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The Downtown Book: The New York Art Scene 1974-1984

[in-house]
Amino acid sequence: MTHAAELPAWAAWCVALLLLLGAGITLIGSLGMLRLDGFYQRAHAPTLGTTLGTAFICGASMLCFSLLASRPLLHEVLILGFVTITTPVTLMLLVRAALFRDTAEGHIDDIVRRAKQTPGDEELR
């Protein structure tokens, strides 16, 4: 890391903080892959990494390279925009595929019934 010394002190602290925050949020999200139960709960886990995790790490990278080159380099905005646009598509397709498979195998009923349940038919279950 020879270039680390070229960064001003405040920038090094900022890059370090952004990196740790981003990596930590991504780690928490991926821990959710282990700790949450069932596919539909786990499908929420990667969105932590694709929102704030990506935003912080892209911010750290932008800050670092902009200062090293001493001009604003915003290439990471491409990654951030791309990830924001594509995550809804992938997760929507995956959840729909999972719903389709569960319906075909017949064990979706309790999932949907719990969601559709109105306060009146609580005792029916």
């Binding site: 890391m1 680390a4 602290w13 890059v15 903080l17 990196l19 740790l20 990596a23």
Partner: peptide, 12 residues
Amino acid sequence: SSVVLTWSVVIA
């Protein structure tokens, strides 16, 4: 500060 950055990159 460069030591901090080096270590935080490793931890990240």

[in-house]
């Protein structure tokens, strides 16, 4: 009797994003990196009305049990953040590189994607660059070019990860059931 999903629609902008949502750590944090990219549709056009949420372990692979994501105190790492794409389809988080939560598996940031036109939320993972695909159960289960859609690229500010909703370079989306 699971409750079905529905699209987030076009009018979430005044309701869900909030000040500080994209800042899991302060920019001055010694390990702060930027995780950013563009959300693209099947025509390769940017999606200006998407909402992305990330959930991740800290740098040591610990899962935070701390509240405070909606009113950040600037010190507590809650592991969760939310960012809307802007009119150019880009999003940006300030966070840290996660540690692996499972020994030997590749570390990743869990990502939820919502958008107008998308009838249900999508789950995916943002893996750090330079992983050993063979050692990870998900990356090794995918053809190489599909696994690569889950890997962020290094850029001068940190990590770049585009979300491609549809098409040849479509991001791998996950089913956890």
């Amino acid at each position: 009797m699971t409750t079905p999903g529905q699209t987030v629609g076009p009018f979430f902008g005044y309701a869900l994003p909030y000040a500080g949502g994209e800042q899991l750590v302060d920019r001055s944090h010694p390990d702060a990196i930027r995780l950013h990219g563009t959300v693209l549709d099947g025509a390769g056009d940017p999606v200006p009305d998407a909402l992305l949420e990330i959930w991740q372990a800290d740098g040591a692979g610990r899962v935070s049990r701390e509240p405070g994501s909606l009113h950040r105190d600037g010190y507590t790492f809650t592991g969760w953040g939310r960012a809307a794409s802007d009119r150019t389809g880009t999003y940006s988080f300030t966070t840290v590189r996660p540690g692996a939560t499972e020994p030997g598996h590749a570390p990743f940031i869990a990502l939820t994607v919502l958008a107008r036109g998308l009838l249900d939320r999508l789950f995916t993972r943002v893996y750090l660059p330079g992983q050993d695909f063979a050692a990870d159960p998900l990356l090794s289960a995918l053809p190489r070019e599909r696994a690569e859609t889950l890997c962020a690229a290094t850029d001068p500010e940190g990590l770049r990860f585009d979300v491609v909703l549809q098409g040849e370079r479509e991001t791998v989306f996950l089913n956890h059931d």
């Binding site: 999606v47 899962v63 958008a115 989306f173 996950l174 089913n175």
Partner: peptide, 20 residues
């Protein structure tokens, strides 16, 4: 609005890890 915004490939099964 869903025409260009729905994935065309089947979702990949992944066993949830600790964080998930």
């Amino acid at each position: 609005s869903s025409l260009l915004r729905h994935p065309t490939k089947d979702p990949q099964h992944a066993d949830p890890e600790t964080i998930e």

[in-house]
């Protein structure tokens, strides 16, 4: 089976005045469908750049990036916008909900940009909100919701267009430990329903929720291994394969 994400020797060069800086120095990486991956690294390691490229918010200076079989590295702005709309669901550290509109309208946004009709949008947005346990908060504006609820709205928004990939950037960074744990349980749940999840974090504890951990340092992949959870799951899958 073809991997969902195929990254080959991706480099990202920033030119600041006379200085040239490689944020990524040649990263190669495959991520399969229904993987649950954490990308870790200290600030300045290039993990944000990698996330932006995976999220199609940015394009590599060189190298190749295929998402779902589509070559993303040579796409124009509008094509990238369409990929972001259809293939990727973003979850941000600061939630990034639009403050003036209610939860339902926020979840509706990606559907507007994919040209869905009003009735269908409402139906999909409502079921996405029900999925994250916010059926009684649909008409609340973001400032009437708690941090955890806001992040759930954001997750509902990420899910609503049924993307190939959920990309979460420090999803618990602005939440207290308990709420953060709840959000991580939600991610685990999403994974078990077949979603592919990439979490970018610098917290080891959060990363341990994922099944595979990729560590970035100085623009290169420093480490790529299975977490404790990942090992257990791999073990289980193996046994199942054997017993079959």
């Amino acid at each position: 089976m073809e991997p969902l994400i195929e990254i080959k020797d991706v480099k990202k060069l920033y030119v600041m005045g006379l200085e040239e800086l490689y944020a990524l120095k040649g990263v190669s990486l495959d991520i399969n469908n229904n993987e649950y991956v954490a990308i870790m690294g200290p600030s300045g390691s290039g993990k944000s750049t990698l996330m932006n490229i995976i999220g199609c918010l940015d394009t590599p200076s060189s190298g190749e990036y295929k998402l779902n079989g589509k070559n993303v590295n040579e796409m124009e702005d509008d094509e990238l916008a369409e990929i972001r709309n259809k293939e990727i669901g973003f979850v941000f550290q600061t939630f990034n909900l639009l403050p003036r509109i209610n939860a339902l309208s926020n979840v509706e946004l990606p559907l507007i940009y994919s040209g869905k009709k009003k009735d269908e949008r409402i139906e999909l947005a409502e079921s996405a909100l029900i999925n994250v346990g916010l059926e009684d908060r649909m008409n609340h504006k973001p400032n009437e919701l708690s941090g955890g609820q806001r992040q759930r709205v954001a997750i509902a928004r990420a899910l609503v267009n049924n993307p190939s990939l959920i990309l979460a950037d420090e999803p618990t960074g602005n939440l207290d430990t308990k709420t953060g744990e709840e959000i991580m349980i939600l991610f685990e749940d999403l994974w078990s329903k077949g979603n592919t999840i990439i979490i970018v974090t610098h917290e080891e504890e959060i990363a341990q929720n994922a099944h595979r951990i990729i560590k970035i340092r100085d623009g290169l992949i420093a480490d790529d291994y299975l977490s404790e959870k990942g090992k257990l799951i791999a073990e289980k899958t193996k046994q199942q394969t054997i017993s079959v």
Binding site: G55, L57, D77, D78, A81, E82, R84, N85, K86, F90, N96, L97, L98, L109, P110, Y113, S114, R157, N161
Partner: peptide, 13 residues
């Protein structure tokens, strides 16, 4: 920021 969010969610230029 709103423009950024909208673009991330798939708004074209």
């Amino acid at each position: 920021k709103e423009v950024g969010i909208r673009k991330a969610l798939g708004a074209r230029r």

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Downtown is more than just a location, it's an attitude--and in the 1970s and '80s, that attitude forever changed the face of America. This book charts the intricate web of influences that shaped the generation of experimental and outsider artists working in Downtown New York during the crucial decade from 1974 to 1984. Published in conjunction with the first major exhibit Downtown is more than just a location, it's an attitude--and in the 1970s and '80s, that attitude forever changed the face of America. This book charts the intricate web of influences that shaped the generation of experimental and outsider artists working in Downtown New York during the crucial decade from 1974 to 1984. Published in conjunction with the first major exhibition of downtown art (organized by New York University's Grey Art Gallery and Fales Library), The Downtown Book brings the Downtown art scene to life, exploring everything from Punk rock to performance art. The book probes trends that arose in the 1970s and solidified New York's reputation as arbiter of the postmodern American avant-garde. By 1974, the hippie euphoria of the previous decade, with its optimism, free love, and paeans to personal fulfillment, was over. In its place emerged a new kind of experimentation--in art, sex, drugs, and rock and roll. The seven essays featured here examine from different perspectives how Downtown artists constantly pushed the limits of both traditional media and the art world. Art critic Carlo McCormick addresses the energy, power, drugs, and nonstop erotic motion that propelled the scene. Music historian Bernard Gendron explores how minimalism, loft jazz, and Punk all occupied the same Downtown spaces. RoseLee Goldberg, the noted scholar and critic of performance art, looks back at ten years of its ascendancy Downtown. English professor Robert Siegle casts a critical eye on the literature of the Downtown scene. Librarian and archivist Marvin J. Taylor surveys Downtown as both geography and metaphor, and grapples with the question of how best to organize and preserve materials that often challenge the very notion of the archive. The book also includes seminal essays on the critical theories underlying Downtown art, by Brian Wallis; and on Downtown film, by Matthew Yokobosky. The essays are intercut with personal reminiscences by such renowned pioneers of the Downtown scene as Eric Bogosian, Richard Hell, Lydia Lunch, Ann Magnuson, Michael Musto, and Martha Wilson. More than 150 striking photographs feature Downtown denizens and galleries; works by Cindy Sherman, Keith Haring, and many other artists; and hotspots such as CBGBs and Club 57. Hip and provocative, The Downtown Book provides a rare glimpse into the cauldron of the New York artistic counterculture--and the colorful characters who inhabited it. EXHIBITION SCHEDULE: ? Grey Art Gallery and the Fales Library New York University January 10 - April 1, 2006 The Andy Warhol Museum Pittsburgh, Pennsylvania Mid-May to September 4, 2006 Austin Museum of Art Austin, Texas November 11, 2006 - January 28, 2007 (tentative dates)